Testing Strategies

  1. 3
    First of all, I want to say that YOU CAN DO IT! THINK POSITIVE!!!!!! If you weren't already a "minimum competency nurse" then you wouldn't have made it this far. Believe in yourself and just "get more right than wrong...not trying to make 100"

    Secondly, I found some strategies that may or may not be taught in the HURST Review These points need to be running through your mind as you answer questions. Make them your mantra!

    • Pick least Invasive First
    • Pain never killed anyone
    • Never release traction UNLESS you have an order from the MD to do so
    • Polyuria—Think shock first
    • If you have never heard of it…. Don't pick it!
    • Anytime you see fluid retention... Think heart problems first
    • Stay away from restraints as long as you can… Remember the NCLEX is a perfect world.
    • Do not pick an answer that delays care or treatment.
    • Never pick an answer that does not allow your patient to speak.
    • Select a "patient focused" answer.
    • With priority questions… Remember you can only send one message to the NCLEX lady… so you must pick the "killer" answer
    • ADH—Think H2O
    • Aldosterone—Think sodium AND water
    • With SIADH—TOO many letters TOO much WATER
    • More Volume—More Pressure
    • Less Volume—Less Pressure
    • Anytime you see the words "assessment" or "evaluation" think pertinent signs and symptoms
    • There will not be a test questions unless there is something to WORRY about…
    • Assume the WORST
    • If there is something you can do about the problem first... do that before calling the doctor
    • Hypoxia may be the first sign of respiratory acidosis
    • With restless patient… think hypoxia first
    • Limit protein in kidney patients EXCEPT with Nephrotic syndrome
    • Like illness can be put in the same room together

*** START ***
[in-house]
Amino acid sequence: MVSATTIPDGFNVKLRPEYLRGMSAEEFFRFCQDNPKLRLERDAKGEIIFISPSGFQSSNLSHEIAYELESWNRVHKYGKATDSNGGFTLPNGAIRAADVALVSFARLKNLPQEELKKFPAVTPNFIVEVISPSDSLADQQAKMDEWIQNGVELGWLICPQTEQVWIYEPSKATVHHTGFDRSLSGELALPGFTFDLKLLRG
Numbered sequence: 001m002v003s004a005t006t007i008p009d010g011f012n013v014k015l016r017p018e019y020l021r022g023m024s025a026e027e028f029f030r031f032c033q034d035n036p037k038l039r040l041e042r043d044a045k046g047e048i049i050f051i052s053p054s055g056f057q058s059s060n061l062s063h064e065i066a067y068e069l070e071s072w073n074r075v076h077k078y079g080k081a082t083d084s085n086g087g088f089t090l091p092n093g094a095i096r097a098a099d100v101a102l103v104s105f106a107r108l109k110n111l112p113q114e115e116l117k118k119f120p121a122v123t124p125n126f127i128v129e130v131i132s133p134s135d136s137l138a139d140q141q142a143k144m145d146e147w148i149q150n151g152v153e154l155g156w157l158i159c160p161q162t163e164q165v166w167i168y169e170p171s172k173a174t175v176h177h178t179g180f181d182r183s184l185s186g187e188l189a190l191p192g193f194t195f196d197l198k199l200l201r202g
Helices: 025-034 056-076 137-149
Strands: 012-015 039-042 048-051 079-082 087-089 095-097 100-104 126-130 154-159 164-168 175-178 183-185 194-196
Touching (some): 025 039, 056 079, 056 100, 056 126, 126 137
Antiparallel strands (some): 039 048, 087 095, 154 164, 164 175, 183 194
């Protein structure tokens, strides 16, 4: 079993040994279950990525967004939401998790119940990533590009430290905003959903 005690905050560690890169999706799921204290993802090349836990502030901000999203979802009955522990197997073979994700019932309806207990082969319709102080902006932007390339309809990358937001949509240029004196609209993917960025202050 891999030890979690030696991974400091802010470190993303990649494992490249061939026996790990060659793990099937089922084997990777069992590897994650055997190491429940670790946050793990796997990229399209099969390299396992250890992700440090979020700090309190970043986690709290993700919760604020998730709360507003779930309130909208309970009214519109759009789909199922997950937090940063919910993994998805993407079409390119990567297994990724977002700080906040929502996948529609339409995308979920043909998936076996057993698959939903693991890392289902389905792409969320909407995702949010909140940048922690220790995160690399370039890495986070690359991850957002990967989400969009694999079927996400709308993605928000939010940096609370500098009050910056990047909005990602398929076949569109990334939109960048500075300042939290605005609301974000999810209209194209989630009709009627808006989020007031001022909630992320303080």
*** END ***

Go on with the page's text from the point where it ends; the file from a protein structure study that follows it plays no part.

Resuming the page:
• If there are any long term consequences to your patient with the answer you pick, you should not pick that answer.
    • Assess before implementing
    • If you have a fluid problem you have a Na problem too
    • If you have a fluid problem… you will do I&O and daily weights
    • "Always" and "whenever" are TOO definite
    • Read the questions…. Then decide what you are WORRIED about… then pick an answer that you can do to SOLVE the problem
    • If you see words like "assessment" or "evaluation" in the stem of the question…. Think pertainate signs and symptoms. The presents or absence of the signs or symptoms.
    • You can't use medical dx in a nursing diagnosis
    • You will report something "new" or different" or "possible" to the next shift nurse.

    Hurst Review Services 2

    • If you can narrow the answers down to 2 answers… pick the more life threatening answer.
    • Anytime you have a magnesium or calcium question… think muscles first.
    • Digoxin + hypokalemia= toxicity
    • You elevate veins and dangle arteries.
    • Always worry if the rate decreased with a pacemaker
    • Never pick an answer that puts your work off on anyone else
    • Never pick an answer that does not allow your patient to speak
    • Never pick an answer that ignores or brushes off the patient's compliant.
    • If the answer is not applicable to the situation… don't pick it.
    • They will be happy if you get more right than wrong… We are not trying to get a 100!
    Last edit by Joe V on Jul 4, '13
    AliK85, Joe V, and Miniangel2 like this.
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  3. 9 Comments so far...

  4. 0
    Thank you for the strategies I test Friday I will sure apply these strategies
  5. 0
    Thank U so much
  6. 0
    Very grateful for this. Thank you!
  7. 0
    Thank you so much..these are really usefull...
  8. 0
    Good to know, thank you!
  9. 0
    Thank you for sharing this :-)
  10. 0
    This is why I love coming here. Thank you!
  11. 0
    To OP - well said !
  12. 0
    This is great, thanks.


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